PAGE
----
mental health · Social Issues

Stop Calling Yourself Bipolar

We’ve all heard people say these things before.

“You know i’m bipolar.” “I always have mood swings, I’m bipolar.”

And it really grinds my gears when people self-diagnose themselves with a disorder that they really don’t know much about. Bipolar, OCD, “Manic”, and “crazy“.

Not only does this continue to add to the stigma of mental health, but it also is a misrepresentation for the people that actually do have the diagnosis.

Here’s a few things you probably should know if you’ve found yourself describing yourself as such or if you aren’t quite sure. Before I get into it, I’d like to first define Bipolar Disorder.

There are two forms of Bipolar Disorder – Bipolar I and Bipolar II. I’ve created this chart with the Criteria to meet both diagnoses from theĀ  DSM-5 (The book of Diagnoses that Therapists and Doctors use to ensure you meet the criteria for a diagnosis).

The Difference Between Bipolar I & Bipolar II

What’s important to note here is that Manic Episodes most often impose on one’s life. They may not go to work, perform poorly in school, sever their relationships, etc. While Hypomania, on the other hand, the person is still able to function normally and complete their day-to-day responsibilities.

1. Mental Health Disorders are NOT adjectives

Even if you are diagnosed with Bipolar Disorder, you are not bipolar. You are a person with bipolar disorder. Calling yourself by the diagnosis takes away from who you are as a person. It also allows you to be defined by your diagnosis. And YOU ARE SO MUCH MORE THAN THAT. This intricate detail, while yes may play a large role in your life, is only one of the many facets of who you are as an individual. Saying ‘she’s schizophrenic’ or ‘I’m bipolar’ are parts of the reason why there continues to be such a big stigma around mental health concerns. I encourage you to get into the habit of steering away from defining yourself by these kinds of words.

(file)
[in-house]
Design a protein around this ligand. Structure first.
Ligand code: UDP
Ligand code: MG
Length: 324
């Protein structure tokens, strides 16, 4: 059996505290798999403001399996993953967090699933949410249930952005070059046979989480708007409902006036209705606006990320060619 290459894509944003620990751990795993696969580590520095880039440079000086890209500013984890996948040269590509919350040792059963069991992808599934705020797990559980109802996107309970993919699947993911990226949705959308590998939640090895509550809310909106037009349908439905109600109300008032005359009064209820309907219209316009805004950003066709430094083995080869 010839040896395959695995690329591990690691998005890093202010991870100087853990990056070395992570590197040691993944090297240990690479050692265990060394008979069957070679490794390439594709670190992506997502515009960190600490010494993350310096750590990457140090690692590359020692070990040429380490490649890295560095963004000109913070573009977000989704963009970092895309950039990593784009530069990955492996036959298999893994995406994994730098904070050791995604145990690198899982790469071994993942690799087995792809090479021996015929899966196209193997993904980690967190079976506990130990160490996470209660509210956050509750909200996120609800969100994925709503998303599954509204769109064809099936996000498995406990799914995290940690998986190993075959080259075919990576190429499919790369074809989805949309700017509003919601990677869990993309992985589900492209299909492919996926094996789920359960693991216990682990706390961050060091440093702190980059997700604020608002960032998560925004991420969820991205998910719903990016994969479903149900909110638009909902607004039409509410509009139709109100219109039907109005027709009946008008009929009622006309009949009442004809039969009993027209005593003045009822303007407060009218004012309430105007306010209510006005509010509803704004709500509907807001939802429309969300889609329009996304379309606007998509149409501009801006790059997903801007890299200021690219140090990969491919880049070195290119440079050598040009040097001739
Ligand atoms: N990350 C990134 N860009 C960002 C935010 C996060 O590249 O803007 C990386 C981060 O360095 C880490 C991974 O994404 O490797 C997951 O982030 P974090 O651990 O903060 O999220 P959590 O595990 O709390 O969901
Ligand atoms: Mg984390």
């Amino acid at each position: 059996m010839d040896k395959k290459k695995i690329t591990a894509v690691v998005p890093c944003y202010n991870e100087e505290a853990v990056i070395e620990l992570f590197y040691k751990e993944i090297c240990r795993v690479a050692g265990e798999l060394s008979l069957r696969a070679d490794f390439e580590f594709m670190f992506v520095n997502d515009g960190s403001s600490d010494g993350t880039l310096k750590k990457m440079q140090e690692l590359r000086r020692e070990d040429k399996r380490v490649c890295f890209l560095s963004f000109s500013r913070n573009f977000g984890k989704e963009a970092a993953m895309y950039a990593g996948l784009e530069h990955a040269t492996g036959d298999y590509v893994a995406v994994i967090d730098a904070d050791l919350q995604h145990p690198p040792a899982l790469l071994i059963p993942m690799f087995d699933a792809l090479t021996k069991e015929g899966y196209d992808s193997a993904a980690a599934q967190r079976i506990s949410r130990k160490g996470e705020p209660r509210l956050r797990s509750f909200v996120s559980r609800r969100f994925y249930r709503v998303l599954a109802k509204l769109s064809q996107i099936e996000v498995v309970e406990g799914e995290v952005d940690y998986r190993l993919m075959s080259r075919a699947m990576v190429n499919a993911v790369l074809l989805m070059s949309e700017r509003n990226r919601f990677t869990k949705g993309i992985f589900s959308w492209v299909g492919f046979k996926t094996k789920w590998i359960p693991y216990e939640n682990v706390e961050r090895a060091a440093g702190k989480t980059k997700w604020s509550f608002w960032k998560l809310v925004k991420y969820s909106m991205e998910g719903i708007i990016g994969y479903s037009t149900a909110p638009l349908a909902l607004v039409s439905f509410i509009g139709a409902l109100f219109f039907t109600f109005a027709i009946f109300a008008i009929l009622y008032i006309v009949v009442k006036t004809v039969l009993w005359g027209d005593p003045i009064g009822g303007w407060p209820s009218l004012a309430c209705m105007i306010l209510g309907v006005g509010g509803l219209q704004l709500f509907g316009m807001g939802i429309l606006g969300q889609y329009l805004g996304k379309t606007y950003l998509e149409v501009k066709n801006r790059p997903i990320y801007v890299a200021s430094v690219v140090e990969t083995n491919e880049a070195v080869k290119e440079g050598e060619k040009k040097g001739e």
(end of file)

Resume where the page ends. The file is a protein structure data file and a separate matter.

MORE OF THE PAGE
2. Mood Swings Are Normal

We as human beings naturally go through a range of emotions throughout the week. It makes sense to start your day being perfectly happy and serene, something happen and boom your upset, and by the end of the day you’ve had the opportunity to calm down and go back to feeling peaceful. It’s also okay to be sad when you harp on the memories of someone you’ve lost and then get to your lunch break and be very cheerful – go back to work and dread dealing with your coworkers and become irritable. These things are normal and part of human nature.

3. It’s Not You, Its Them

If you find yourself being more ‘moody’ when you’re around a particular person or group of people, but not so much when you’re in other environments and around different people, those are not mood swings and that is not bipolar disorder. That is called a toxic relationship. Never let anyone make you feel like you’re ‘crazy’ or something is wrong with you because you’re a bit more emotionally reactive when in their presence. So often, I hear women who believe they’re bipolar tell me about stories. The common trend is that those range of emotions only surface when they’re around their boyfriend, but when they’re with friends and family – the emotions tend to be pretty level. Their boyfriend may be telling them ‘you’re crazy’ and ‘you’re bipolar’ and at some start they even start believing it because in their mind its like, ‘wow, I do have these mood swings and I am always spazzing on you’. But NO, baby girl. It’s not you, its them.

4. Destigmatize Mental Illness

Imagine how it must feel to actually have a Bipolar diagnosis and no one around you really knows it, because you’ve been able to manage your symptoms and are getting the right treatment. You go around your friends and they talk about some day when they were ‘spazzing out on someone’ and say “i’m just bipolar, i’m convinced”. Imagine what that must feel like to know you’ve been managing this and haven’t even told your friends for fear of them thinking you’re ‘crazy’ and then they bring up these extreme and embarrassing stories and chalk up their actions to ‘being bipolar’. Do you think you’d want to then tell them you’re diagnosis? Do you think you’d feel comfortable venting to those friends about the symptoms you’re feeling one day? Or do you think you’d just continue hiding it from them for fear of being judged? Do you think you’d wonder ‘wow, that’s what yall really think of me?’ when you hear these stories? I encourage you to think about how the things you say can impact the people around you, because you never know what they’re dealing with behind closed doors!

Let me know your thoughts in the comments!

One thought on “Stop Calling Yourself Bipolar

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